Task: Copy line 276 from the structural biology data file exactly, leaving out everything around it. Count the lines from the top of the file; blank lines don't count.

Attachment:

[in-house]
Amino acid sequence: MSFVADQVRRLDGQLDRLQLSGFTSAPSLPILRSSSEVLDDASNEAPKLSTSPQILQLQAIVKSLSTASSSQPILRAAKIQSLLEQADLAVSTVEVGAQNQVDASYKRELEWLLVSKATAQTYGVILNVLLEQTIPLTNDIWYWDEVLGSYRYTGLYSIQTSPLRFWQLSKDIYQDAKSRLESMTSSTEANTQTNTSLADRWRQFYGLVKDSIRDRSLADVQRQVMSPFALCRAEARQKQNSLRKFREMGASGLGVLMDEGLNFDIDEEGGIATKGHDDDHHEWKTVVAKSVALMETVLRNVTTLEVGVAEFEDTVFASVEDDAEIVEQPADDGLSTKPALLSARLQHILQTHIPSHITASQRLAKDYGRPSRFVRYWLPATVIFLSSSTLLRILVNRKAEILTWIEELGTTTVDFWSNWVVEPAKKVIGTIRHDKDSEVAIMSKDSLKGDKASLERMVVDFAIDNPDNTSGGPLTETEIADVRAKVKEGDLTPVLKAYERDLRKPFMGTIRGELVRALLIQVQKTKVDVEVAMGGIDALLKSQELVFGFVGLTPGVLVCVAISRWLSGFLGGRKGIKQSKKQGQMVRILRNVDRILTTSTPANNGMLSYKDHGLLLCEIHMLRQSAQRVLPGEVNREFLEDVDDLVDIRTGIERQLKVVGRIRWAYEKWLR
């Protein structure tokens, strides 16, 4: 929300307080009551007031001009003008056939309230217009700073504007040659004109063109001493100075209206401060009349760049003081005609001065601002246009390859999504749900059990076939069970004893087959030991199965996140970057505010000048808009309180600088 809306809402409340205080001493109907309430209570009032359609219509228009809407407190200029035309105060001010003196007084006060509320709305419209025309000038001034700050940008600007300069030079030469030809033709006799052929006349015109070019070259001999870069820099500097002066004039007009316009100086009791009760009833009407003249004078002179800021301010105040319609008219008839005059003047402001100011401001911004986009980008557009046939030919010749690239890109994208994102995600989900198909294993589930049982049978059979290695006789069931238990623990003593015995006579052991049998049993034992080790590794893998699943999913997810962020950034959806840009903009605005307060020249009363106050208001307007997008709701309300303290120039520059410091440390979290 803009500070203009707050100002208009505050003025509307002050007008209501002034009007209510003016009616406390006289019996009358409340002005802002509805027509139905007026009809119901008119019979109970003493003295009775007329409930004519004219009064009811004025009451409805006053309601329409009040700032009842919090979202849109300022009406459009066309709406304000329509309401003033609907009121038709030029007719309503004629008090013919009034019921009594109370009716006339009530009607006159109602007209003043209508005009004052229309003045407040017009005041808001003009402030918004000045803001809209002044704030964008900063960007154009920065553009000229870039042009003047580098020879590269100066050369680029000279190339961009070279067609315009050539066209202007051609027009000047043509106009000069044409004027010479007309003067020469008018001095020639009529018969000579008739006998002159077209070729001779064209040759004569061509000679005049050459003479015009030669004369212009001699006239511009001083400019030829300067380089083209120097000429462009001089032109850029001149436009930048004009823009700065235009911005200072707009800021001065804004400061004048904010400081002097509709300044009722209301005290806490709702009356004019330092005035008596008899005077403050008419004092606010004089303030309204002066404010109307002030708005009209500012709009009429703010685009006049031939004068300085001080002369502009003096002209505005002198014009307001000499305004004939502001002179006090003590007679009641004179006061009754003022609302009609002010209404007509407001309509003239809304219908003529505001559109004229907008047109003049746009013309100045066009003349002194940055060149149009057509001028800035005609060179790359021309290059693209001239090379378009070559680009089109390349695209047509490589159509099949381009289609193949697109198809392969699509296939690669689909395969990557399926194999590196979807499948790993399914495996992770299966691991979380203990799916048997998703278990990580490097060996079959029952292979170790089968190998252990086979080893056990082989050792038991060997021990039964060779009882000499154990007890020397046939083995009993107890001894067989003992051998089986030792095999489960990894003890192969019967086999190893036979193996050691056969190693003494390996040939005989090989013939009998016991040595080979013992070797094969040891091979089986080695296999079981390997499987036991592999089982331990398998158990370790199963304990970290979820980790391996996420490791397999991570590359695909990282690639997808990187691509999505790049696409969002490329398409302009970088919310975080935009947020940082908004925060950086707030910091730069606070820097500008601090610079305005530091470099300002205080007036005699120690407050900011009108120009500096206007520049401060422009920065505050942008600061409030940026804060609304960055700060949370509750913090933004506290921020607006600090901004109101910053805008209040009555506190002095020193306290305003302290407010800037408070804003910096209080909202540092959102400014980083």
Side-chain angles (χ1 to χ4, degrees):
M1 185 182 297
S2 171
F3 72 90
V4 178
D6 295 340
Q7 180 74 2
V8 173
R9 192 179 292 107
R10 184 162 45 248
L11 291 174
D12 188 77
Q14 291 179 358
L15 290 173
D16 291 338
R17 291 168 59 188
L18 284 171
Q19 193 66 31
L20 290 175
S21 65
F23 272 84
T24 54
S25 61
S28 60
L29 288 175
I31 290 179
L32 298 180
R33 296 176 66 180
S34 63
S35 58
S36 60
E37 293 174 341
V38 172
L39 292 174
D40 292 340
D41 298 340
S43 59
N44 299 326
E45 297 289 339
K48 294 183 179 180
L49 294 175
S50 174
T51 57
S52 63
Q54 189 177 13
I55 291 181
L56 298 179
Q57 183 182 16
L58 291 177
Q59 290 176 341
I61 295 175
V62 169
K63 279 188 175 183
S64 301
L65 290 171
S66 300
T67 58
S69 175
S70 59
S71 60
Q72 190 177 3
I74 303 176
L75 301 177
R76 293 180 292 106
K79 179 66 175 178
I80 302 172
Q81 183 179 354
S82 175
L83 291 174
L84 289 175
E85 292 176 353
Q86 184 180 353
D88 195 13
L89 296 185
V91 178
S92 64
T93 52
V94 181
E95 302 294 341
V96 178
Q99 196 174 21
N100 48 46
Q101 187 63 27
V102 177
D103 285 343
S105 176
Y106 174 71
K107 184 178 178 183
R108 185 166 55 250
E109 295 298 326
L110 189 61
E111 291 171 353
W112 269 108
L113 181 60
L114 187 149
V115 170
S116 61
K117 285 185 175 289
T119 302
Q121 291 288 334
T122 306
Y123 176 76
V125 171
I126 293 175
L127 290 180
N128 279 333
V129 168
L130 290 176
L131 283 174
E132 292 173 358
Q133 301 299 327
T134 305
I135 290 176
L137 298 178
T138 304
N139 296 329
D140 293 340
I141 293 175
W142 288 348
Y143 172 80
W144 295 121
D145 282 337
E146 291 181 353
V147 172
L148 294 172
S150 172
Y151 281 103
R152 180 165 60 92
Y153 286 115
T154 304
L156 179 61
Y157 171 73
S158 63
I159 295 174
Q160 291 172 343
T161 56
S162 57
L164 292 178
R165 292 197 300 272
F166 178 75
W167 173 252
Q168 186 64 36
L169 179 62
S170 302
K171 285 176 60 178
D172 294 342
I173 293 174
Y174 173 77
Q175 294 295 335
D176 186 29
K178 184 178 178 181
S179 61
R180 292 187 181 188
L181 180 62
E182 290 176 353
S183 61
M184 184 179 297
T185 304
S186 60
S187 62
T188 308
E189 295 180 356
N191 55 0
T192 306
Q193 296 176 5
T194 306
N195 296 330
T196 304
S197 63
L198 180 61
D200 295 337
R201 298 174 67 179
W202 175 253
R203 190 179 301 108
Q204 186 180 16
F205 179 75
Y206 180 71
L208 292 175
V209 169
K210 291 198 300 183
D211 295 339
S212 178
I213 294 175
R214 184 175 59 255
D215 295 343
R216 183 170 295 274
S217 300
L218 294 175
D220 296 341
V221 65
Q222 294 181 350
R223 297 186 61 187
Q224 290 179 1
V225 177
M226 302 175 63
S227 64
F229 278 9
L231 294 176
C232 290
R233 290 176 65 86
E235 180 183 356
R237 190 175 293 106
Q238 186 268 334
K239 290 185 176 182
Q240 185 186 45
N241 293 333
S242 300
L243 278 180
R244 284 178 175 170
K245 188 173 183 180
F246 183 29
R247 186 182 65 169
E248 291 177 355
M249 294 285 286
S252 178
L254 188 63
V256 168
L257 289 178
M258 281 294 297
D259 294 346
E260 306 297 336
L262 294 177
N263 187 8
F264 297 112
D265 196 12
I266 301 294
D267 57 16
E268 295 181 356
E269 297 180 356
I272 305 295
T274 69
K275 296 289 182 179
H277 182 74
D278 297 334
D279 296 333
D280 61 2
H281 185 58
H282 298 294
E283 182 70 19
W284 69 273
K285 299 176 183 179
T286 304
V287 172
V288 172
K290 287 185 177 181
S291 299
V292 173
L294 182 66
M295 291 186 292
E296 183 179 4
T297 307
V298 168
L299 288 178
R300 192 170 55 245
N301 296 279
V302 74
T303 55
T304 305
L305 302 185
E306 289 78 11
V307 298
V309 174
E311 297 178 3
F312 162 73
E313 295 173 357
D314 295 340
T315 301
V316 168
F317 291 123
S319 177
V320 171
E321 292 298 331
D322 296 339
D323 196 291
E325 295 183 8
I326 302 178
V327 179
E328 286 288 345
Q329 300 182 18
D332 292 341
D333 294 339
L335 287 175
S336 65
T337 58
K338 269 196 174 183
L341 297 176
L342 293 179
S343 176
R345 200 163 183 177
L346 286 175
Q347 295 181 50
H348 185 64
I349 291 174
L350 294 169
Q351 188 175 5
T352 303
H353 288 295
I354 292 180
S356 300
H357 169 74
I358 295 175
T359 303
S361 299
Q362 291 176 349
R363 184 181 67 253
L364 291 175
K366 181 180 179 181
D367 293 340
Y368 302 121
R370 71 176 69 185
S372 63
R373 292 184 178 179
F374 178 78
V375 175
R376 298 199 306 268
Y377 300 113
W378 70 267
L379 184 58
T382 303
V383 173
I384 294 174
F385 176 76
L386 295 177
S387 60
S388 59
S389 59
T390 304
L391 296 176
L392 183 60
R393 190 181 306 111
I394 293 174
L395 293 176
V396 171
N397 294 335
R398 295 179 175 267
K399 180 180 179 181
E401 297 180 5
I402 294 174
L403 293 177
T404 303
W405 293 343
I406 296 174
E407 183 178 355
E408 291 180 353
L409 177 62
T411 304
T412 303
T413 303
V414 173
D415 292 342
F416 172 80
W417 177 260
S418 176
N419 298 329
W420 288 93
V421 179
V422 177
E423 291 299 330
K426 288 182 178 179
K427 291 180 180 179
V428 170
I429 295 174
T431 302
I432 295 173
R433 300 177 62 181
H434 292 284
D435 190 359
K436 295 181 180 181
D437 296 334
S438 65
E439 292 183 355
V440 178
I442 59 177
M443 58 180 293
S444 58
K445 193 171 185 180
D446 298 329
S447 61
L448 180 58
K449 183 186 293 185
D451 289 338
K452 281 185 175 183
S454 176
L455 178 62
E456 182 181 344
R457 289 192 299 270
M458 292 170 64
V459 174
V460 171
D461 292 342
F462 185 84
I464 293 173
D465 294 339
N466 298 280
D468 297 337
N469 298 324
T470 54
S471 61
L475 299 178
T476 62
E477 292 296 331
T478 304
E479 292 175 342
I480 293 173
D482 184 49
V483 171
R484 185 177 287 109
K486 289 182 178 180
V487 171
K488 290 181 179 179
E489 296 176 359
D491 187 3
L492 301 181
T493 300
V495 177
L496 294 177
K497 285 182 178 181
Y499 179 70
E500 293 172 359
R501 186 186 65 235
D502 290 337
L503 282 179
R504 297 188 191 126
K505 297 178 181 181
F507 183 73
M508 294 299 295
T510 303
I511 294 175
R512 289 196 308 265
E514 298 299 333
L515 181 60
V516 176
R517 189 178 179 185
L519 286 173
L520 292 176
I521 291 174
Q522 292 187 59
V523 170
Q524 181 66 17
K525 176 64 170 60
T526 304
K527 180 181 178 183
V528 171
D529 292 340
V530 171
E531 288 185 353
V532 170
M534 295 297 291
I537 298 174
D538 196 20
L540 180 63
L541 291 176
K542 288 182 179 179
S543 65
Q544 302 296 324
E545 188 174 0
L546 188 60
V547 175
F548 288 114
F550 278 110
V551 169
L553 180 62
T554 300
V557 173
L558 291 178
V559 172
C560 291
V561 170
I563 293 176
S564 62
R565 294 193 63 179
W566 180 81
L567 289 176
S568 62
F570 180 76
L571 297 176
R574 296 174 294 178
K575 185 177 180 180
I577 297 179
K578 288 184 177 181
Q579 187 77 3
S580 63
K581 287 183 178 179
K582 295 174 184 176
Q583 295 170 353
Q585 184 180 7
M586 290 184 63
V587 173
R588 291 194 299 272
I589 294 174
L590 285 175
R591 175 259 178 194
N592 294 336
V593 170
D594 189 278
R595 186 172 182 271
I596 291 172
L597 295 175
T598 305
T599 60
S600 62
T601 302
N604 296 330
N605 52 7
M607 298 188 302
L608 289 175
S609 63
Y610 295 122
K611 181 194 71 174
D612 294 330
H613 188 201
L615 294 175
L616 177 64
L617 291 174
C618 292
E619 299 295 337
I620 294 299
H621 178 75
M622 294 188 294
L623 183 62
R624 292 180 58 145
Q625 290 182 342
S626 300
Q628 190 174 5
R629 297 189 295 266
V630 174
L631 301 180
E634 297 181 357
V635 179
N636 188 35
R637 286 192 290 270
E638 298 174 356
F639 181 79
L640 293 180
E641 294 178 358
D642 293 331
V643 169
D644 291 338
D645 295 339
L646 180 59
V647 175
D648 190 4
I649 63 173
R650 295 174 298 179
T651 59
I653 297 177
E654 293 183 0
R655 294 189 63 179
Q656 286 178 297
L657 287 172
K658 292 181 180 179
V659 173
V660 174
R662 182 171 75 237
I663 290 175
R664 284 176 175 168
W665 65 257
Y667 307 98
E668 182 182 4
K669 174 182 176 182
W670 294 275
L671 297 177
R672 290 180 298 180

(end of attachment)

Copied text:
D322 296 339